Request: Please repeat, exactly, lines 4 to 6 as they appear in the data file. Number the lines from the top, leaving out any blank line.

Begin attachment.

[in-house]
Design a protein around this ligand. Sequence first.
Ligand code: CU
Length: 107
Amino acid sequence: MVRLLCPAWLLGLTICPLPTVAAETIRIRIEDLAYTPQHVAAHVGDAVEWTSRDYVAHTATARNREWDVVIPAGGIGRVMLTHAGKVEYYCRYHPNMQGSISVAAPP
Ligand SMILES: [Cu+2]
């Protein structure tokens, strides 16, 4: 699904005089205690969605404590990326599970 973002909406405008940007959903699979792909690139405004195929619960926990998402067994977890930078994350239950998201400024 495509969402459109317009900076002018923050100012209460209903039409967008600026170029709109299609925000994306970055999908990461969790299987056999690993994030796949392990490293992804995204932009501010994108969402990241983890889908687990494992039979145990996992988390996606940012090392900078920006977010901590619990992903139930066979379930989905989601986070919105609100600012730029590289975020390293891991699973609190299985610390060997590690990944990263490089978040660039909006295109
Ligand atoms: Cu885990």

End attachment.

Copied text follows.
Length: 107
Amino acid sequence: MVRLLCPAWLLGLTICPLPTVAAETIRIRIEDLAYTPQHVAAHVGDAVEWTSRDYVAHTATARNREWDVVIPAGGIGRVMLTHAGKVEYYCRYHPNMQGSISVAAPP
Ligand SMILES: [Cu+2]